John Clay

Kentucky’s Ashton Hagans puts the pressure squarely on himself

Get one thing straight: Ashton Hagans isn’t returning for his sophomore season just to return for his sophomore season.

“We’re going to have some great memories on the court,” Kentucky’s point guard predicted Friday. “Might be one of the best backcourts that you all ever see.”

To that we say this: Whoa!

“Ashton’s putting the pressure on,” said a smiling Immanuel Quickley, Hagans’ running mate, also back for his sophomore season.

Fact is, head coach John Calipari raised the bar during his annual state-of-the-program summer press conference Tuesday, flatly predicting Hagans “will have a breakthrough this year.”

“I feel real good about it,” said Hagans when asked about Calipari’s proclamation. “I’m just here to work.”

In the middle of last season it looked like young Mr. Hagans was already experiencing his breakthrough. He was disruptive defensively, causing havoc with his ball pressure, pulling off a ridiculous 26 steals in a stretch of six games. Offensively, he reached double figures in five consecutive games, culminating in a 23-point homecoming effort at Georgia.

Down the stretch, however, the player who re-classified to get a head start on his college career clearly hit a wall. Opponents were more careful with the ball around him, limiting Hagans’ steal opportunities. He had trouble finishing at the rim. He three-point shot never developed — he made just 27.5 percent of his threes on the season. He was too loose with the ball, credited with just five assists compared to 11 turnovers in UK’s two games in the Midwest Regional in Kansas City. In fact, after committing seven turnovers in the Cats’ Elite Eight overtime loss to Auburn, Hagans took the blame for the defeat. “I let the team down,” he said.

So when NBA Draft decision time rolled around, Hagans dispensed with the drama early. He talked with his family, his coaches, and declared himself a no-go. “I didn’t want the stress,” he said Friday, explaining he didn’t need pro scout evaluations when he trusted the opinions of his own coaches.

“Now that I know what to do,” he said, “I’ve just got to come in there and show the guys that I’m ready to be leader.”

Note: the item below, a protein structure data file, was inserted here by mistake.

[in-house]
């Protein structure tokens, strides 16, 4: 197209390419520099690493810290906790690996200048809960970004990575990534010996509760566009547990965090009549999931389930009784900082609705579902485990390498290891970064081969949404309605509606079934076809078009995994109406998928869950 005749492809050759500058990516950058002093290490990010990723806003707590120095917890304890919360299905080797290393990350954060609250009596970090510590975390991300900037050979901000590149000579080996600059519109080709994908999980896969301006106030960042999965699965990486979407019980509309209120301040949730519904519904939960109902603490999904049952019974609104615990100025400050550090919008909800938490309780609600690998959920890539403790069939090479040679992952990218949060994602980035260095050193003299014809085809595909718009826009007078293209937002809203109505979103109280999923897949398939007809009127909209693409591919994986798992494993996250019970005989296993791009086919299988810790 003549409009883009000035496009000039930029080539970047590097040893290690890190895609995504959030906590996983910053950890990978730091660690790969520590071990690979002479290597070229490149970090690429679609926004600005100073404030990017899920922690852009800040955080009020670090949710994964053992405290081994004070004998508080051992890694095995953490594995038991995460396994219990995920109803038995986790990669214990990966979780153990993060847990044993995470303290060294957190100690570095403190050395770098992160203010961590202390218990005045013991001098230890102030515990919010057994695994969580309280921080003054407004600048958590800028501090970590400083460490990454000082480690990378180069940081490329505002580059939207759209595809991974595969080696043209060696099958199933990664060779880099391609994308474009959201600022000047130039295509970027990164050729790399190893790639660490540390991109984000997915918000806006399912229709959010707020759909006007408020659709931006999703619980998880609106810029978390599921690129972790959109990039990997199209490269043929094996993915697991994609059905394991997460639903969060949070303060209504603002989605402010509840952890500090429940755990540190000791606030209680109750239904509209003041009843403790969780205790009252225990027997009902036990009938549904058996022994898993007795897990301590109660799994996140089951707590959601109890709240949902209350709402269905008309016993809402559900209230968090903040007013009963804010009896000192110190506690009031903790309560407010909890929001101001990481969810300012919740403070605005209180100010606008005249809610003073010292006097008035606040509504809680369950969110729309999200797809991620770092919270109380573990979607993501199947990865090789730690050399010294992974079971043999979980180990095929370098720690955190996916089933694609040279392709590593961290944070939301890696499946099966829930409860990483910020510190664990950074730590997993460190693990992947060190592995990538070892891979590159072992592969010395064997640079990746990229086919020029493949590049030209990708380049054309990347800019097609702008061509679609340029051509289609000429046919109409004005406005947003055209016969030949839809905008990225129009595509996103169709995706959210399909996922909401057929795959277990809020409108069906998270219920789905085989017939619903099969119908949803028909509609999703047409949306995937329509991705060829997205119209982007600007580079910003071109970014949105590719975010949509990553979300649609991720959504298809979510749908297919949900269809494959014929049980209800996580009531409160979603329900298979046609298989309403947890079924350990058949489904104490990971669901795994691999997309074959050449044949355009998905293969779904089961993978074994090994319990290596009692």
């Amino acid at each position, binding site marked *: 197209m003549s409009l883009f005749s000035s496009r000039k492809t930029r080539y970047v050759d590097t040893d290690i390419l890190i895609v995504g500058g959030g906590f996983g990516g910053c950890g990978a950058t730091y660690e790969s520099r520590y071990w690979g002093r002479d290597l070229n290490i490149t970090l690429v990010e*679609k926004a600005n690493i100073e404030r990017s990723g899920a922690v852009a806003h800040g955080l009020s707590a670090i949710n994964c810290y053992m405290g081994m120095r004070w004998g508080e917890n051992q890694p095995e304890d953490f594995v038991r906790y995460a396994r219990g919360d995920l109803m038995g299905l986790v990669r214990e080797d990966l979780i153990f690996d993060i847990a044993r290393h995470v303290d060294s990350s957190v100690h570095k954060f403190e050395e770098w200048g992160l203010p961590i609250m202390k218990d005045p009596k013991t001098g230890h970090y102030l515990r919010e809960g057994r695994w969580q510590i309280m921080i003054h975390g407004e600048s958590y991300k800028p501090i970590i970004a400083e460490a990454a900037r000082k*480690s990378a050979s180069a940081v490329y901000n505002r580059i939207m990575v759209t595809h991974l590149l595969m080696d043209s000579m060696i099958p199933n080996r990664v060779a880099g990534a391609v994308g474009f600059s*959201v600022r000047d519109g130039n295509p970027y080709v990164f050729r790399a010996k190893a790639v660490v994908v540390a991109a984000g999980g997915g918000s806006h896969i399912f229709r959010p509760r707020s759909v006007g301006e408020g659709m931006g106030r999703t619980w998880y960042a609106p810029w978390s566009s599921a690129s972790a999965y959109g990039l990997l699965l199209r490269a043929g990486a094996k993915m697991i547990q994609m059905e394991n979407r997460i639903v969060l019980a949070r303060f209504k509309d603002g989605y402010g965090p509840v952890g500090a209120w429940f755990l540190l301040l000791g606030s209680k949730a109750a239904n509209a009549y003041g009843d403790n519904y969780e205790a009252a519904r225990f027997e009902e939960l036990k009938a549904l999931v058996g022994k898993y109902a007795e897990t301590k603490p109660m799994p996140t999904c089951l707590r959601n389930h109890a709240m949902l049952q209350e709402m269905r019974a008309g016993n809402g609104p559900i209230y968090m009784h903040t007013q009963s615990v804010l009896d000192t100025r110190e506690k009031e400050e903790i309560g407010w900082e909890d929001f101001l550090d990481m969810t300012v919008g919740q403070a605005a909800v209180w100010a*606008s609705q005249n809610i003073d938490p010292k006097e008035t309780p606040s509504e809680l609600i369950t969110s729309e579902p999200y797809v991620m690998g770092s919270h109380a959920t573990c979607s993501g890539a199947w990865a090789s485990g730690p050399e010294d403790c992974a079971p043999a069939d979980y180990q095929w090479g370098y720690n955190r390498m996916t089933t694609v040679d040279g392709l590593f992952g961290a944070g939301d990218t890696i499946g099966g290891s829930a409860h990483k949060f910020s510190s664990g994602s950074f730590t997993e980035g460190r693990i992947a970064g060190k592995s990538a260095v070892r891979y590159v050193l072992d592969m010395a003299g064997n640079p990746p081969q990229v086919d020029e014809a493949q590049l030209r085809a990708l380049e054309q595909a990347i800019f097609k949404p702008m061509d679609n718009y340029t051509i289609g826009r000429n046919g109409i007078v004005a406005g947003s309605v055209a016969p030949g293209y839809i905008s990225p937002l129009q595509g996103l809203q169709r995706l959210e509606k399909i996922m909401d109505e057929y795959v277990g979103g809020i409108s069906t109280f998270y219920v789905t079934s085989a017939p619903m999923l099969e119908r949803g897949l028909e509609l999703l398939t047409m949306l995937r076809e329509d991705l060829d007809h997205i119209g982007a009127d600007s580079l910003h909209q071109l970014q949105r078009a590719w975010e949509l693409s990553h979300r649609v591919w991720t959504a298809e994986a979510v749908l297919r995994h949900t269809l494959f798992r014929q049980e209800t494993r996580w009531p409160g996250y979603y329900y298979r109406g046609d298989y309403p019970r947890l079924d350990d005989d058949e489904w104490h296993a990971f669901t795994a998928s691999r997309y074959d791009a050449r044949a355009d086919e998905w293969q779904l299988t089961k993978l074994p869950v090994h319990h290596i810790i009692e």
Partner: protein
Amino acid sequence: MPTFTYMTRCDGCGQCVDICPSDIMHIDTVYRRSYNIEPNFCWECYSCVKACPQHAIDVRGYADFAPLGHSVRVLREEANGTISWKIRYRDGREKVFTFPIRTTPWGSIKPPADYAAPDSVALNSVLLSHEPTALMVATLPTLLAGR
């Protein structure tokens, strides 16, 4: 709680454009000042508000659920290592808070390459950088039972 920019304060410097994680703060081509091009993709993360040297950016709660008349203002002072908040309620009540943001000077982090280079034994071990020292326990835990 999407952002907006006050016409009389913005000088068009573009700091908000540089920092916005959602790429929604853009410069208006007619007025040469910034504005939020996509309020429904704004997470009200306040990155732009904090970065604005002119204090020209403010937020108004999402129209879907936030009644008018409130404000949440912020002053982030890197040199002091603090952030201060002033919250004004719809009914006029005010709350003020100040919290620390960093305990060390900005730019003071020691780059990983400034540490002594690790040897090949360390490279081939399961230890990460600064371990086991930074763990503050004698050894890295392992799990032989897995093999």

What does he need to do? Get stronger, Hagans said. Work on being better around the basket. Get more explosive. Work on his outside shot. Show his leadership skills. He’ll get plenty of help with all that, of course, in the form of Craft Center competition. This is Kentucky, after all. New guys are always arriving at the station. Talented guys.

Tyrese Maxey is one. He’s a 6-foot-3 combo guard from Garland, Texas, who at No. 10 boasts the highest ranking on the 247Sports board of any of UK’s 2019-20 freshmen. “He’s a real good guard,” Hagans said. “Gonna be a nice guy to play with.”

How do your games complement each other?

“Tyrese does a lot with his game,” Hagans said. “I feel like I can do the same. He plays defense. That’s just something that’s going to be a scary sight for other teams. We’re just ready to go out and play with each other.”

So your “one of the best backcourts” comment was based on your combined defensive skills?

“We gonna see,” Hagans said.

Hagans and Quickley aren’t Cal’s only returnees. Last week’s local headlines revolved around Nick Richards and EJ Montgomery pulling their names out of draft consideration for a return to campus life. “My eyes got big,” said Hagans of when he first heard the big men were coming back.

Nor is Maxey UK’s only newbie. Fellow freshmen Kahlil Whitney, Keion Brooks, Johnny Juzang and Dontaie Allen are all big guard/small forward types who should allow Calipari plenty of mix-and-match flexibility. And at 6-9, grad transfer Nate Sestina from Bucknell can be a power forward who can shoot.

“Talent-wise I think we’ve got pieces,” Hagans said, “and we’re gonna do something real special.”

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